This collection of essays focuses on the reception of Plato and Greek political thought in the work of some major (pre)Victorian classical scholars and expands on a remarkable range of hotly debated issues on the interpretation of Greek antiquity. The central figure in this volume is the radical philosopher, utilitarian, and Platonist George Grote, whose works on the history of Greece and Plato moved away from traditional models of classical interpretation. His works and their background are critically explored in light of his philosophical commitment and political radicalism. Article IV brings to light a forgotten manuscript by Grote, "On the Character of Socrates," produced in the 1820s. Grote sought to counter the current literature on ancient Greece and its predominant motifs, which is here examined in its own right along with an independent study on Bishop Connop Thirlwall's influential History of Greece. The second half of this volume is devoted to analyzing important aspects of the revival of Platonic studies in the ideological and discursive context of early and middle Victorian times. This collection of essays presents comprehensive and illuminating contextual analyses of nineteenth-century works on classical reception, providing simultaneously a rich bibliographic guide to further research.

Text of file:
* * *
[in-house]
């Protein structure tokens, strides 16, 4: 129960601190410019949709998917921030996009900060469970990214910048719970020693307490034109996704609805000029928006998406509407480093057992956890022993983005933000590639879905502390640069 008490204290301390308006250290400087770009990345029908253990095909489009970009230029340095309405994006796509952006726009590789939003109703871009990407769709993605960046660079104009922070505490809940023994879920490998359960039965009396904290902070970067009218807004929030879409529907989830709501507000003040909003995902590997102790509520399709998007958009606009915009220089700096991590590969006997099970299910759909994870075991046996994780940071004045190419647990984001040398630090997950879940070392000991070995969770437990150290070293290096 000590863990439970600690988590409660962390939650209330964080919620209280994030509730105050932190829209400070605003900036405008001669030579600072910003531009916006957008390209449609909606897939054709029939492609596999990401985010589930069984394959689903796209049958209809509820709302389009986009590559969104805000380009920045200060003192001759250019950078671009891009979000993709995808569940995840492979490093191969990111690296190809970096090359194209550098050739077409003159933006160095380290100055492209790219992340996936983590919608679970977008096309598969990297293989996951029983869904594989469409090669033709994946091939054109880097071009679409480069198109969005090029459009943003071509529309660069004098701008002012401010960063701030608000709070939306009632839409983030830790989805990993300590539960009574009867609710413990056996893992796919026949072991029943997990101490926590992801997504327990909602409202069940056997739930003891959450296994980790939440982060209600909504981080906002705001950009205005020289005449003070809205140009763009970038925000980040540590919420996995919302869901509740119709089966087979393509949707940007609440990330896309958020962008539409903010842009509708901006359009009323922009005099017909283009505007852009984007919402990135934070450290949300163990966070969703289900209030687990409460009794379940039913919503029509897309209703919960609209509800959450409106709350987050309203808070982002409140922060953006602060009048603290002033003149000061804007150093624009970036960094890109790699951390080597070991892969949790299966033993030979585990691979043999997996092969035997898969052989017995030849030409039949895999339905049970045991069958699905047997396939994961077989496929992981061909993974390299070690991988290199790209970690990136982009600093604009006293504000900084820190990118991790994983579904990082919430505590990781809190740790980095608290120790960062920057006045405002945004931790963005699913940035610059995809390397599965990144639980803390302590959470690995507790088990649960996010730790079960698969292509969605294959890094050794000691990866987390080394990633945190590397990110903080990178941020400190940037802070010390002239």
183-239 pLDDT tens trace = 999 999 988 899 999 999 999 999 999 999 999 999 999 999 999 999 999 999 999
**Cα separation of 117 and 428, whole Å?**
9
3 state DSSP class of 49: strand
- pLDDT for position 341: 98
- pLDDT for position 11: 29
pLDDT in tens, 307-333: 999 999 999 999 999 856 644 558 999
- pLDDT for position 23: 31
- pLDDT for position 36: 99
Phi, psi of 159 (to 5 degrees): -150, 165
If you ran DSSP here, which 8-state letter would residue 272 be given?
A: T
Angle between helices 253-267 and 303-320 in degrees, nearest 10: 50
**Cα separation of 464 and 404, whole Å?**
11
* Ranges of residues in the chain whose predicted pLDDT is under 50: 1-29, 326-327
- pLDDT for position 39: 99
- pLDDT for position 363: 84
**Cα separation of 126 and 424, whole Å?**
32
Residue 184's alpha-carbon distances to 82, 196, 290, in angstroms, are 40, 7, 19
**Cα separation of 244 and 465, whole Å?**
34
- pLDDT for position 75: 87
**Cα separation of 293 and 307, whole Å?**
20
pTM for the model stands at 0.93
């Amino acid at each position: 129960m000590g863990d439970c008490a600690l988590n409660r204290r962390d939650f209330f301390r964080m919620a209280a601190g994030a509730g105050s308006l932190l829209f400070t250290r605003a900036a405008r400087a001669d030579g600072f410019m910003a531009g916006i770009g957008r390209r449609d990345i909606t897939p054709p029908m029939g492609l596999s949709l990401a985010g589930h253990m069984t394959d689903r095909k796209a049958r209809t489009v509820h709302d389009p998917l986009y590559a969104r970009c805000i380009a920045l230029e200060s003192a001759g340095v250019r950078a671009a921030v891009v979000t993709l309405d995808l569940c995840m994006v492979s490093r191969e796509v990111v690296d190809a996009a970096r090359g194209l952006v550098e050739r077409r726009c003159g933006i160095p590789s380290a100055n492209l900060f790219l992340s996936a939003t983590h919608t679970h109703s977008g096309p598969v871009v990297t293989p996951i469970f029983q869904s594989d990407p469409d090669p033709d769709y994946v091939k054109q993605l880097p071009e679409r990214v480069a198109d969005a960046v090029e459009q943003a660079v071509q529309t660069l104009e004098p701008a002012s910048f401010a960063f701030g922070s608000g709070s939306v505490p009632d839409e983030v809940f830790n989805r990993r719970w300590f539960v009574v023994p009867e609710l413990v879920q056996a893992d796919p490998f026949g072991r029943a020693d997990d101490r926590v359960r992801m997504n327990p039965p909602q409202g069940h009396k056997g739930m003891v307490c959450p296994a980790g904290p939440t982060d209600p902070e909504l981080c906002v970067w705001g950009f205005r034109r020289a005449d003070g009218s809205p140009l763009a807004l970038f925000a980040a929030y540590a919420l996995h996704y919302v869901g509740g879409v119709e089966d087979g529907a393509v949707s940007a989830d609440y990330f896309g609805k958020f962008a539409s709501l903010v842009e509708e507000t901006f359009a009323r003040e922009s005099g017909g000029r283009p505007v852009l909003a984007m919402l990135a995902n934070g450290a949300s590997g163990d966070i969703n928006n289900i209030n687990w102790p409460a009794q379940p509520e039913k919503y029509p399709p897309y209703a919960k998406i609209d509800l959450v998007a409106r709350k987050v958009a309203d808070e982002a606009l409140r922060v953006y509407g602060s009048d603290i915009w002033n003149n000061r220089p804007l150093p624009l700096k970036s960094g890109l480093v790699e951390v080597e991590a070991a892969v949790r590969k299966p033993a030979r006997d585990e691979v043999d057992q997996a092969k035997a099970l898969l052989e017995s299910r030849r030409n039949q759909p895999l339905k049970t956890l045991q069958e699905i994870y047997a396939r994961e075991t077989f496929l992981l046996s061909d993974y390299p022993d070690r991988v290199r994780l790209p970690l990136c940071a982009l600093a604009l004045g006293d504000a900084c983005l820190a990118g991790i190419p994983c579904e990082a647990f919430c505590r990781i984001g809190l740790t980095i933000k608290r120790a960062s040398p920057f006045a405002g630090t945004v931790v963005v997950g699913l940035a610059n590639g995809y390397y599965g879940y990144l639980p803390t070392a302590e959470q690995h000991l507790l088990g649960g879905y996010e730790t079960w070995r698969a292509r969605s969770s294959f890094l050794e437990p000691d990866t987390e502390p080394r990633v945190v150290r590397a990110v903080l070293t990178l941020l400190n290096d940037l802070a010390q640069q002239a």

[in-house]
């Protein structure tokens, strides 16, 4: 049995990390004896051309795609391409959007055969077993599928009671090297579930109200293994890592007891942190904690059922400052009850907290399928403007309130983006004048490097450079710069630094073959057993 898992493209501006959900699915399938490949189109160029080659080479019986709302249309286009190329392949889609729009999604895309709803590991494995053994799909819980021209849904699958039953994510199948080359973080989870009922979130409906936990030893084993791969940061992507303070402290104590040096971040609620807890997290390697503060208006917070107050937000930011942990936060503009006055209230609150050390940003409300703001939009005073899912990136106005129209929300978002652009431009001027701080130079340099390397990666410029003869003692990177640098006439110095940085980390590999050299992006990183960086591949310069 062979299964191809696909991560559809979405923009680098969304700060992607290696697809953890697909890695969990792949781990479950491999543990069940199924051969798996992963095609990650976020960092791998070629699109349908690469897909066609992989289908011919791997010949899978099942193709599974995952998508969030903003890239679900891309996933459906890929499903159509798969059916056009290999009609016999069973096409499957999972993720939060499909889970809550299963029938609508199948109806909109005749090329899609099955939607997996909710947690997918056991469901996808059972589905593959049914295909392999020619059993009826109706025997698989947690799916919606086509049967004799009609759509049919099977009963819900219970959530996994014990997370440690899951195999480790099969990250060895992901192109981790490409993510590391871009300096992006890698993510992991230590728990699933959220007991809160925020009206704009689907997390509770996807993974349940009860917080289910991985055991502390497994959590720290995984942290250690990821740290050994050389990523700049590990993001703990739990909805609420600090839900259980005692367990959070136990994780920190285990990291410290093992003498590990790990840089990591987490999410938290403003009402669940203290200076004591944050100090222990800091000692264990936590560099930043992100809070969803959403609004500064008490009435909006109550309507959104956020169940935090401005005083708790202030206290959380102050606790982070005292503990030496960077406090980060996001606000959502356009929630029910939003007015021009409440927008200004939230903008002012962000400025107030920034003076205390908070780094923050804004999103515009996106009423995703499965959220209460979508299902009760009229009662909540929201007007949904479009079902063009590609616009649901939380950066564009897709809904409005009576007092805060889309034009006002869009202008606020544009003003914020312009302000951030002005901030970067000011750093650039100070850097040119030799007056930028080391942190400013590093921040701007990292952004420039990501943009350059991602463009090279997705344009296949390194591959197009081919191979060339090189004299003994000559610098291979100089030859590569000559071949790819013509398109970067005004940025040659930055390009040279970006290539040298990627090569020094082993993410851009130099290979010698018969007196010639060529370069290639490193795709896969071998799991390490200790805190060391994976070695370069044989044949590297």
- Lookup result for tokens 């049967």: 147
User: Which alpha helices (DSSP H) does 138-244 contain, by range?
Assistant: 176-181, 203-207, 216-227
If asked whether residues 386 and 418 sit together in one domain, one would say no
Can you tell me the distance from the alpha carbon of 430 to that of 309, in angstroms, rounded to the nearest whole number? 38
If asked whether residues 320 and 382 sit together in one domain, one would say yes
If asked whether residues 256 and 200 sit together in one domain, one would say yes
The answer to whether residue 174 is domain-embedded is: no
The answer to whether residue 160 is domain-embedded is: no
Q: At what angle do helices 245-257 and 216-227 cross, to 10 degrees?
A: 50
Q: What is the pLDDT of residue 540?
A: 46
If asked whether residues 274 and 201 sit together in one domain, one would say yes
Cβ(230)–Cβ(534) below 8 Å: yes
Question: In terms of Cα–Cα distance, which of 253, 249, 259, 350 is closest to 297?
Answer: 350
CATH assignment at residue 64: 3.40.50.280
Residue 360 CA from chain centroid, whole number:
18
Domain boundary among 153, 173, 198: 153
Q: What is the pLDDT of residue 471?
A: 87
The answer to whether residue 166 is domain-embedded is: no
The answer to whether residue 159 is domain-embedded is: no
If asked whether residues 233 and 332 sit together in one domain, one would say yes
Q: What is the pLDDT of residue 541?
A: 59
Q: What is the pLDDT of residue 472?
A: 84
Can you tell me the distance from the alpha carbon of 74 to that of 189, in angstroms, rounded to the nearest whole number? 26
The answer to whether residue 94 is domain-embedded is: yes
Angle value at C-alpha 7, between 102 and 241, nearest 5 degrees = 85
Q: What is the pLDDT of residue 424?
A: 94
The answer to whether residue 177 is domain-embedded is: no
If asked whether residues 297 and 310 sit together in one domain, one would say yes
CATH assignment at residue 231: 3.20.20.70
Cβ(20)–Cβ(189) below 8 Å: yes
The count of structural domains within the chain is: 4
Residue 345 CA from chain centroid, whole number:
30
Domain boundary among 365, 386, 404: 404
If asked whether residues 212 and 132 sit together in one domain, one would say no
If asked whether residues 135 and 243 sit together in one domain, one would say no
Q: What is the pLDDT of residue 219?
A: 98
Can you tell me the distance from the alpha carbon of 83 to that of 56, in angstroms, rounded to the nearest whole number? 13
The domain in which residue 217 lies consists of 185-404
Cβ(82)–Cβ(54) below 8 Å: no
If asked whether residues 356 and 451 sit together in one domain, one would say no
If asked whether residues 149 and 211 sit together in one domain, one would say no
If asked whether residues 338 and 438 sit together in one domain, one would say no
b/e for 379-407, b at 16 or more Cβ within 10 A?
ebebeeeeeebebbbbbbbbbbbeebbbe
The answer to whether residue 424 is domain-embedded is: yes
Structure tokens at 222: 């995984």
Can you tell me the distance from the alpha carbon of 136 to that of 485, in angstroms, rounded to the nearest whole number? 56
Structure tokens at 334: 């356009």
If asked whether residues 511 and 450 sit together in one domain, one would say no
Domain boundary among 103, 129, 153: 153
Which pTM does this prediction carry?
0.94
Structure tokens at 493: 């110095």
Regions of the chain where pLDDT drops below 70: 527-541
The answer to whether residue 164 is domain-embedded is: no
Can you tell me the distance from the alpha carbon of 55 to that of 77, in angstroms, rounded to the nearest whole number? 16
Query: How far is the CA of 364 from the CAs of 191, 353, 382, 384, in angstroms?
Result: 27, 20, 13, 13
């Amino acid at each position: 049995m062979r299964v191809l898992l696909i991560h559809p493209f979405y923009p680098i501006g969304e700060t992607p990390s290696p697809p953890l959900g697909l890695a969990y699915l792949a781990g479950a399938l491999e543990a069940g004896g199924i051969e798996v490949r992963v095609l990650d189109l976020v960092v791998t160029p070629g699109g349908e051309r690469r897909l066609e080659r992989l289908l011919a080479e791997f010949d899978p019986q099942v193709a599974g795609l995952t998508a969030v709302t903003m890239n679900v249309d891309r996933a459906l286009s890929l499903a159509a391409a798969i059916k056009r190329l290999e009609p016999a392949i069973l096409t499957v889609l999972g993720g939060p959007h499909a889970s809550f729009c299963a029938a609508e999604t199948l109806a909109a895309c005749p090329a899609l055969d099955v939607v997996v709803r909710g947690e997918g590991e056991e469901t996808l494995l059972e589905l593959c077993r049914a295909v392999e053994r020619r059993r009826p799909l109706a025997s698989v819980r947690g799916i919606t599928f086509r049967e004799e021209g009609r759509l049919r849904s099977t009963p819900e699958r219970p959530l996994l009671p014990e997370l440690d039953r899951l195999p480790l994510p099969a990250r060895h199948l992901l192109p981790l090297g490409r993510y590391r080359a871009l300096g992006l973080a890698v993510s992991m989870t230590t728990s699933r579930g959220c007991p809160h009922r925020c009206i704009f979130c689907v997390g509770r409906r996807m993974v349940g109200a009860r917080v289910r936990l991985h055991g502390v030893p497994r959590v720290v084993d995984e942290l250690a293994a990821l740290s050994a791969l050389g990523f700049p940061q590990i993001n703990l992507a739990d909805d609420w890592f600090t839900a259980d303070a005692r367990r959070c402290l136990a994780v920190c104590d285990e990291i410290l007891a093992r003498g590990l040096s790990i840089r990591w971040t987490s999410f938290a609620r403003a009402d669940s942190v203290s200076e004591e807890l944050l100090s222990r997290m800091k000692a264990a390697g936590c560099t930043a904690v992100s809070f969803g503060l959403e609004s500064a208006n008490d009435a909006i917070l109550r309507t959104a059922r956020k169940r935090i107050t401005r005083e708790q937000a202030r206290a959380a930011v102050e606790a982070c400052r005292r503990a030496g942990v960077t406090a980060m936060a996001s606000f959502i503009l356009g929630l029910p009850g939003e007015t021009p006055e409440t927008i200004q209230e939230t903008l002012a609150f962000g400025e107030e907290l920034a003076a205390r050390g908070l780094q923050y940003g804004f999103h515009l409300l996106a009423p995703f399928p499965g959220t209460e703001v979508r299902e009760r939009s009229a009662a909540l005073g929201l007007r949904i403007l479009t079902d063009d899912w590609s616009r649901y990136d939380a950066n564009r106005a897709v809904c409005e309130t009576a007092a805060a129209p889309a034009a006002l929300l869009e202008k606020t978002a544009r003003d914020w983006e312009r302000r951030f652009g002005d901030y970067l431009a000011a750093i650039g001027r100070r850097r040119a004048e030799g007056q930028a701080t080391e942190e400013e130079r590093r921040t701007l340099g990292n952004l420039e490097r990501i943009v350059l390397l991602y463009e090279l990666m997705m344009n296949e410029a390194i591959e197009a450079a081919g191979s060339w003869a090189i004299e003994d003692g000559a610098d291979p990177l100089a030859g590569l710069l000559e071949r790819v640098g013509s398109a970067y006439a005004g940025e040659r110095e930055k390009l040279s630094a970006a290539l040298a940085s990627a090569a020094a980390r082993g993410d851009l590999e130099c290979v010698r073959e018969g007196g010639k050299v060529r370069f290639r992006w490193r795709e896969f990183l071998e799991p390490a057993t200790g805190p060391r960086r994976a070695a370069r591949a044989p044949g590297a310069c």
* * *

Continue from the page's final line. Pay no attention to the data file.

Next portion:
Table of Contents
Contents: Introduction; Part I The History of Ancient Greece: In defence of the British constitution: theoretical implications of the debate over Athenian democracy in Britain, 1770-1850; Bishop Connop Thirlwall: historian of ancient Greece; Victorian classicists and modern Greece: a critical commentary on periodical sources. Part II Platonic Studies: Grote on Socrates: an unpublished essay of the 1820s in its context; The development of Platonic studies in Britain and the role of the utilitarians; George Grote and the Platonic revival in Victorian Britain; Socratic dialect and the exaltation of individuality: J.S. Mill's influence on G. Grote's Platonic interpretation; The revival of a legend: the debate over Plato in 19th-century Britain; The sophists, democracy, and modern interpretation; Supplementary bibliography; Index.
'Demetriou’s essays provide a most useful and nuanced guide to the understanding of the reception and uses made of Plato, Platonisms� and Greek History in 19th century Britain... This volume provides an excellent overview of Plato and the Greeks in Victorian Britain, with close attention to detail, especially in light of the still prevalent preponderance of clichés about Plato and Platonism... This is a most useful collection.' International Journal of the Platonic Tradition 'Demetriou [...] portrays not only the contributions made by Grote to Platonic studies in the nineteenth century but also the changing landscape of Platonic interpretation across the whole of the nineteenth century and the first half of the twentieth... indeed the most valuable feature of this volume is the author’s analysis of Victorian Platonism and the central role played by Grote’s Plato in the shaping of this tradition.' Victorian Studies